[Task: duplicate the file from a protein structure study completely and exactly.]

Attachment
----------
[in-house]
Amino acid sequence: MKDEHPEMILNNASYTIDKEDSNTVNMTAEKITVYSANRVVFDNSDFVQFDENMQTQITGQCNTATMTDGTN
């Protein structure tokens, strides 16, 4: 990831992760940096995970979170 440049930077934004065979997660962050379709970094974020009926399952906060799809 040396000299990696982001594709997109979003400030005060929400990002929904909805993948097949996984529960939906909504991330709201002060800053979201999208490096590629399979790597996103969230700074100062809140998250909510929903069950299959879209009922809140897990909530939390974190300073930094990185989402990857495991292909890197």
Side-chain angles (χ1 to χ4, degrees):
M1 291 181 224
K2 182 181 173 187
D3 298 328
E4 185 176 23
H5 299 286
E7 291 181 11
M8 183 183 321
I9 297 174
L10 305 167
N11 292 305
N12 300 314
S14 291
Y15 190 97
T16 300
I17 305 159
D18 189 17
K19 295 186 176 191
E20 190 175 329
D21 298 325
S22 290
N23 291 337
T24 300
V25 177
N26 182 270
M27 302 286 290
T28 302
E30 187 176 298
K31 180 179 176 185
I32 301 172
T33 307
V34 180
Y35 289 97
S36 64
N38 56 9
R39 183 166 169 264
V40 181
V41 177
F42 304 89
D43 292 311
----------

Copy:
[in-house]
Amino acid sequence: MKDEHPEMILNNASYTIDKEDSNTVNMTAEKITVYSANRVVFDNSDFVQFDENMQTQITGQCNTATMTDGTN
């Protein structure tokens, strides 16, 4: 990831992760940096995970979170 440049930077934004065979997660962050379709970094974020009926399952906060799809 040396000299990696982001594709997109979003400030005060929400990002929904909805993948097949996984529960939906909504991330709201002060800053979201999208490096590629399979790597996103969230700074100062809140998250909510929903069950299959879209009922809140897990909530939390974190300073930094990185989402990857495991292909890197």
Side-chain angles (χ1 to χ4, degrees):
M1 291 181 224
K2 182 181 173 187
D3 298 328
E4 185 176 23
H5 299 286
E7 291 181 11
M8 183 183 321
I9 297 174
L10 305 167
N11 292 305
N12 300 314
S14 291
Y15 190 97
T16 300
I17 305 159
D18 189 17
K19 295 186 176 191
E20 190 175 329
D21 298 325
S22 290
N23 291 337
T24 300
V25 177
N26 182 270
M27 302 286 290
T28 302
E30 187 176 298
K31 180 179 176 185
I32 301 172
T33 307
V34 180
Y35 289 97
S36 64
N38 56 9
R39 183 166 169 264
V40 181
V41 177
F42 304 89
D43 292 311